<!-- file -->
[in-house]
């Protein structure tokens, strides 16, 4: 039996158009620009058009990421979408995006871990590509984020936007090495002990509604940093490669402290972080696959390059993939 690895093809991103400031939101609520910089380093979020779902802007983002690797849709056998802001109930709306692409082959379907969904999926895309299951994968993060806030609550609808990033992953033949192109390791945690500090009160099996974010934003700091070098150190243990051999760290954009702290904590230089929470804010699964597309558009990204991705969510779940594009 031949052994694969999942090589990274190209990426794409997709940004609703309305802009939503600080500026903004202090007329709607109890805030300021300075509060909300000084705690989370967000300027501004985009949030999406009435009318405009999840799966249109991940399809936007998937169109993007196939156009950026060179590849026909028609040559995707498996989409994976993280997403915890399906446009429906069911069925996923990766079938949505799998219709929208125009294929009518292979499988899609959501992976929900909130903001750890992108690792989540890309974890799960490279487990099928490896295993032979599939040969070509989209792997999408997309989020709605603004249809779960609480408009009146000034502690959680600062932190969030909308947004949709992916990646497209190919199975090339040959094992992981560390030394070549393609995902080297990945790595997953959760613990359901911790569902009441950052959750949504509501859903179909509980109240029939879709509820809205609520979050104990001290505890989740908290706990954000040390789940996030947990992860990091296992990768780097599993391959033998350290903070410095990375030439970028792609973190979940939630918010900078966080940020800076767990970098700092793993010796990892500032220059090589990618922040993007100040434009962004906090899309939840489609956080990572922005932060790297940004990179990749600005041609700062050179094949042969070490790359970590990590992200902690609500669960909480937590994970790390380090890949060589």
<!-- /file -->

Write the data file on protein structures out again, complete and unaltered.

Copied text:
[in-house]
């Protein structure tokens, strides 16, 4: 039996158009620009058009990421979408995006871990590509984020936007090495002990509604940093490669402290972080696959390059993939 690895093809991103400031939101609520910089380093979020779902802007983002690797849709056998802001109930709306692409082959379907969904999926895309299951994968993060806030609550609808990033992953033949192109390791945690500090009160099996974010934003700091070098150190243990051999760290954009702290904590230089929470804010699964597309558009990204991705969510779940594009 031949052994694969999942090589990274190209990426794409997709940004609703309305802009939503600080500026903004202090007329709607109890805030300021300075509060909300000084705690989370967000300027501004985009949030999406009435009318405009999840799966249109991940399809936007998937169109993007196939156009950026060179590849026909028609040559995707498996989409994976993280997403915890399906446009429906069911069925996923990766079938949505799998219709929208125009294929009518292979499988899609959501992976929900909130903001750890992108690792989540890309974890799960490279487990099928490896295993032979599939040969070509989209792997999408997309989020709605603004249809779960609480408009009146000034502690959680600062932190969030909308947004949709992916990646497209190919199975090339040959094992992981560390030394070549393609995902080297990945790595997953959760613990359901911790569902009441950052959750949504509501859903179909509980109240029939879709509820809205609520979050104990001290505890989740908290706990954000040390789940996030947990992860990091296992990768780097599993391959033998350290903070410095990375030439970028792609973190979940939630918010900078966080940020800076767990970098700092793993010796990892500032220059090589990618922040993007100040434009962004906090899309939840489609956080990572922005932060790297940004990179990749600005041609700062050179094949042969070490790359970590990590992200902690609500669960909480937590994970790390380090890949060589």